Sunday, January 23, 2011

Two Minutes to a Quieter Mind.

Yesterday, a good friend and frequent cycling partner sent me a link to a website that quite surprised me. When the site loaded, I saw a beautiful image of a sunset over an ocean, accompanied by the sound of waves and sea birds. A digital clock began counting backward from 2:00, 1:59, 1:58...

“Do nothing for two minutes...”

I don’t think ten seconds had passed when I began counting along, barely able to wait until two minutes had passed. 1:10, 1:09, 1:08...

I had been introduced to Meditation several years ago by more than one friend at roughly the same time. The serendipity of that was enough that I took a closer look at the idea. Some suggested lighting a candle and focusing on the flame; others suggested listening to soothing music. I tried them all. I looked into various Meditation techniques, from following my mind’s wanderings, (without trying to control the thoughts that arose) to pushing those wanderings away and vowing to deal with the things that came up at a later time.

I discovered that by following my mind’s wanderings, I made many discoveries about my mind and the way it works. It “took me places” I would not ordinarily go in terms of the kinds of thoughts I would have during that time. By attempting to hold thoughts away, and focus only on my breathing, I became aware of the influx of thoughts and holding them off was very difficult. I tried to follow briefly and then push away the thoughts and once I started pushing, other thoughts would come to replace them.

Regardless of the method I used, regardless of the results, I began to feel like I was making some progress. I was able to calm my mind during times of stress and confusion, and I was feeling less frustrated and angry with everyday living. I was able to extricate myself from the darkness of depression that had been my companion for so many years.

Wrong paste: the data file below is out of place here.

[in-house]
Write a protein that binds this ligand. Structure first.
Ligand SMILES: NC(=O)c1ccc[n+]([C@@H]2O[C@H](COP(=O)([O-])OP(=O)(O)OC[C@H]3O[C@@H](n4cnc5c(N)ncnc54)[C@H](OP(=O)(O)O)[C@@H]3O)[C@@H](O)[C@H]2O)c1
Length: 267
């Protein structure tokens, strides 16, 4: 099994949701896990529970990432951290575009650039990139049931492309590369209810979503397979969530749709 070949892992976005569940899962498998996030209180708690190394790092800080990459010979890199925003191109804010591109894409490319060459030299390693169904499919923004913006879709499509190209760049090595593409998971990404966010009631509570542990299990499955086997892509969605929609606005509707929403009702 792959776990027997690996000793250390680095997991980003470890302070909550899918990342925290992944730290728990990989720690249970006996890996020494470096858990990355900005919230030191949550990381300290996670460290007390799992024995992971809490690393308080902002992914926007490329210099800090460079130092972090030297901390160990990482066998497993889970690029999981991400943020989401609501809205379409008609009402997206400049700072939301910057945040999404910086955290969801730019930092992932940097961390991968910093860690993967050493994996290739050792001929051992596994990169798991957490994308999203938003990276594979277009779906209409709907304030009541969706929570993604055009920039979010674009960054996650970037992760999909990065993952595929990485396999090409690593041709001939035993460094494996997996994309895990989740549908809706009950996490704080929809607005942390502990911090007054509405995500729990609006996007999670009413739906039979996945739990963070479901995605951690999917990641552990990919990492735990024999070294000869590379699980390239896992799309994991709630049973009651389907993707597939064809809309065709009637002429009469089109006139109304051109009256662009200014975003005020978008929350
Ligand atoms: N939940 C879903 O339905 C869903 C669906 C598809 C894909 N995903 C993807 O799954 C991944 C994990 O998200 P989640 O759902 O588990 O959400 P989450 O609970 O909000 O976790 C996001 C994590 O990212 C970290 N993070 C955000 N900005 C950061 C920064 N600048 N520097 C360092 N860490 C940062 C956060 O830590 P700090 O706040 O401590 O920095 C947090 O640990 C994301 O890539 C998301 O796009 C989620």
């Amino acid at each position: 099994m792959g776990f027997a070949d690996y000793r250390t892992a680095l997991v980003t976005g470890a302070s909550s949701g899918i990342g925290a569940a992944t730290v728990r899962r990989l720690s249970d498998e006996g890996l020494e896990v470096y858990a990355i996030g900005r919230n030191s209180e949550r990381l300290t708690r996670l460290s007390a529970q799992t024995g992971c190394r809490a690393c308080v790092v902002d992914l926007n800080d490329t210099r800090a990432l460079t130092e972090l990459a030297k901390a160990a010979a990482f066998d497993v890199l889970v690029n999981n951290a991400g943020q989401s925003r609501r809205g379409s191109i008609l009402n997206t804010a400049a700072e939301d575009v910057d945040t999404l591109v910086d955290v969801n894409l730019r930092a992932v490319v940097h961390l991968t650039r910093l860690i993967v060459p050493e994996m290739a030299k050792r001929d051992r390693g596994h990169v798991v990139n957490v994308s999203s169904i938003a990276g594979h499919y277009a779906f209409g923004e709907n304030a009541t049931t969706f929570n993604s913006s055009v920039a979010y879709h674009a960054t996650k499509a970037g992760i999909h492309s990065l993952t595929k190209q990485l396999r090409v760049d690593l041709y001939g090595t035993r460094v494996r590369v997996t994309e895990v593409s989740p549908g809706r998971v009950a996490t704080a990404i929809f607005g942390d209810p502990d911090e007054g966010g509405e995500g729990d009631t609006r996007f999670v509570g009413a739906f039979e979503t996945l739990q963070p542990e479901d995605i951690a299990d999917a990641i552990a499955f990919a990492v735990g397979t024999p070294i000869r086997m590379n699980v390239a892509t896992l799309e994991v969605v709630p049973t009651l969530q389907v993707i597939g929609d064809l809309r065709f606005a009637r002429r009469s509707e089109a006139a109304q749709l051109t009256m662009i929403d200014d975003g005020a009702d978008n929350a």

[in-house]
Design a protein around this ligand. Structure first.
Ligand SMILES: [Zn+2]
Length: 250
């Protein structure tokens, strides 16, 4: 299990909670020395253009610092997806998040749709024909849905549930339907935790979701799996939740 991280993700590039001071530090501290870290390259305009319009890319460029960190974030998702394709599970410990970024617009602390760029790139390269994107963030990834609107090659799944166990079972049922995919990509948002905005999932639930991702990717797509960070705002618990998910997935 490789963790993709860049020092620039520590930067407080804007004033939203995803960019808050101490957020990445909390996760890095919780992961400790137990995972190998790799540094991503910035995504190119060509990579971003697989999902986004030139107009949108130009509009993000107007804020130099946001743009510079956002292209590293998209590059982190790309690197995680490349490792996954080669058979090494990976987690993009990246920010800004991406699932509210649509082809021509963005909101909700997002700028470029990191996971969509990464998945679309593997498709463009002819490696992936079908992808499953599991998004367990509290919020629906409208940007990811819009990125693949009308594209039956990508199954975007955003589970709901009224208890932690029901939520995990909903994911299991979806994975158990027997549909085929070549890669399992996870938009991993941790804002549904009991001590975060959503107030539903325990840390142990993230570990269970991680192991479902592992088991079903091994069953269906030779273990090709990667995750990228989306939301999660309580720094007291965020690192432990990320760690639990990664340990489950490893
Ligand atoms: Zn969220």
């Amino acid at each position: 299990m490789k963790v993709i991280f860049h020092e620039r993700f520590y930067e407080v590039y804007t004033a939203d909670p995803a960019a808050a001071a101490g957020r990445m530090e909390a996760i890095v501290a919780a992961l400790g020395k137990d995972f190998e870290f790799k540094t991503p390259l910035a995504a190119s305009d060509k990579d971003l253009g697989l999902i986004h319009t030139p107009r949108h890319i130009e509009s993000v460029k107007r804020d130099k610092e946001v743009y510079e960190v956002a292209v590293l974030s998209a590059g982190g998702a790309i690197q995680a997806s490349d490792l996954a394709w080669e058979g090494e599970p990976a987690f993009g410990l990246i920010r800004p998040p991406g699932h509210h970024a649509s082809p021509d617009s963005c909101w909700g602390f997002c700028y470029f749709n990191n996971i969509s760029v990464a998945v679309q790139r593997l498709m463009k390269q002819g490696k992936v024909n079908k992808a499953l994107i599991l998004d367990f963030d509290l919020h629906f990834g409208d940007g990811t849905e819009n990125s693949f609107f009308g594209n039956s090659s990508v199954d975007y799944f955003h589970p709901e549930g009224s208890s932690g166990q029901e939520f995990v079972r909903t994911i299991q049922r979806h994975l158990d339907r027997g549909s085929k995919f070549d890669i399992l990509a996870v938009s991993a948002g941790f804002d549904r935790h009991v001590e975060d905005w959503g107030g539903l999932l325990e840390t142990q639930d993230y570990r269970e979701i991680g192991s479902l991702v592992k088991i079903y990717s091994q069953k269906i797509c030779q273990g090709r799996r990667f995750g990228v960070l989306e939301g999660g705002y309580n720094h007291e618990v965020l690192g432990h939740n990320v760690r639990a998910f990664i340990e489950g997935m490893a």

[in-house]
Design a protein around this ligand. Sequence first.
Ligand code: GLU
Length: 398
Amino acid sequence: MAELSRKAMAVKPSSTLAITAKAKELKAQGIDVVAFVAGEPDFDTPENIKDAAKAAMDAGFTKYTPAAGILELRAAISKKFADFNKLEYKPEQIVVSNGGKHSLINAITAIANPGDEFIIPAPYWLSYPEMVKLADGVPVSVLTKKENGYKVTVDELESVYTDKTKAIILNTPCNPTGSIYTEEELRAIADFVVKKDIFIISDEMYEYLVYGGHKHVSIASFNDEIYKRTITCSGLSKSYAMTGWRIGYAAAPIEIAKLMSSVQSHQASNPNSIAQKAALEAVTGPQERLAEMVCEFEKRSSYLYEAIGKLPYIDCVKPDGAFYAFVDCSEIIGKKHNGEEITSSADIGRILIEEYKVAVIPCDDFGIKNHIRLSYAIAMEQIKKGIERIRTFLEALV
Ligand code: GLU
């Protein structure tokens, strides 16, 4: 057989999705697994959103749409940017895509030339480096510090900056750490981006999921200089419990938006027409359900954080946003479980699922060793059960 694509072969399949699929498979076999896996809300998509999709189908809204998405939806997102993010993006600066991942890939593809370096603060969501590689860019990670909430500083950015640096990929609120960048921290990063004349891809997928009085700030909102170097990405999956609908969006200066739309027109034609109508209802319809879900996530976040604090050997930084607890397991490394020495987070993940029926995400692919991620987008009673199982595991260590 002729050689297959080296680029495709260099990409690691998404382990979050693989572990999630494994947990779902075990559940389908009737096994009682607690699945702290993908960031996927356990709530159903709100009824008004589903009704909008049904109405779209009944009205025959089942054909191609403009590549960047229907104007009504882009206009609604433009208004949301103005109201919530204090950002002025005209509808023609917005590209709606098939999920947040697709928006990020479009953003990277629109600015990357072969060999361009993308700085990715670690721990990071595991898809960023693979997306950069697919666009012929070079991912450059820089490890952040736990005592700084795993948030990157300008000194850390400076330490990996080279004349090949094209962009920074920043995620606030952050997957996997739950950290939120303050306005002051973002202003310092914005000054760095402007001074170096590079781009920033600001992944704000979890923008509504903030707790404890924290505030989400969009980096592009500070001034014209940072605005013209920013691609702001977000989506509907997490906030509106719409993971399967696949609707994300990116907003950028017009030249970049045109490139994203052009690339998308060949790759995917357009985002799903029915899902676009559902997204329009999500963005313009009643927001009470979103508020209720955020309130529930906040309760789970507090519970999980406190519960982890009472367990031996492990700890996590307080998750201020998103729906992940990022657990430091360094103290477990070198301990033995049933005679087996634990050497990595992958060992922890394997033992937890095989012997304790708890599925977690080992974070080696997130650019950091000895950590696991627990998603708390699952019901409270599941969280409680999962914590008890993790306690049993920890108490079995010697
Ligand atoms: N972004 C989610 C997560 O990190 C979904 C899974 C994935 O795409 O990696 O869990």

Slowly, over time, my confidence that I had succeeded in Meditating myself into a better mental state led me to let longer periods of time pass between Meditations. Sometimes two or three days would pass, sometimes a week. Eventually, I was Meditating only once a month or so, and finally, about a year ago, it stopped altogether. Moving from Fredericton back to Cape Breton, and all the details of that move, made such demands on my time and the state of my mind, that I quite literally forgot to take that personal time to tune the world out for a few minutes every day.

To be fair, I think there were some times when I was cycling that approached Meditation in its simplicity. The up and down stroke of the pedals, the non-conscious shifting of gears, the lack of other stimuli all seem very Meditative in retrospect, yet the heightened awareness of my surroundings; the sound of traffic, the avoidance of obstacles in the road, the “knowledge” that a dog’s body language indicated that it wasn’t going to give chase, all resulted from a Meditative State of Mind.

So when I received the link to “Do Nothing For 2 Minutes” I was alarmed at how difficult it seemed. It came as a cold, cruel reminder of just how out of touch with my inner self I have become lately. In following e-mail conversations with my friend, we both stated how much we would like to make this a regular part of our respective days. I had even mentioned to him that doing it a few times daily would be helpful. After all, unlike medication, Meditation truly DOES work on the principle that if a little is good, a lot is better!

Here, in case you missed it above, is that link for those of you who would like to try it.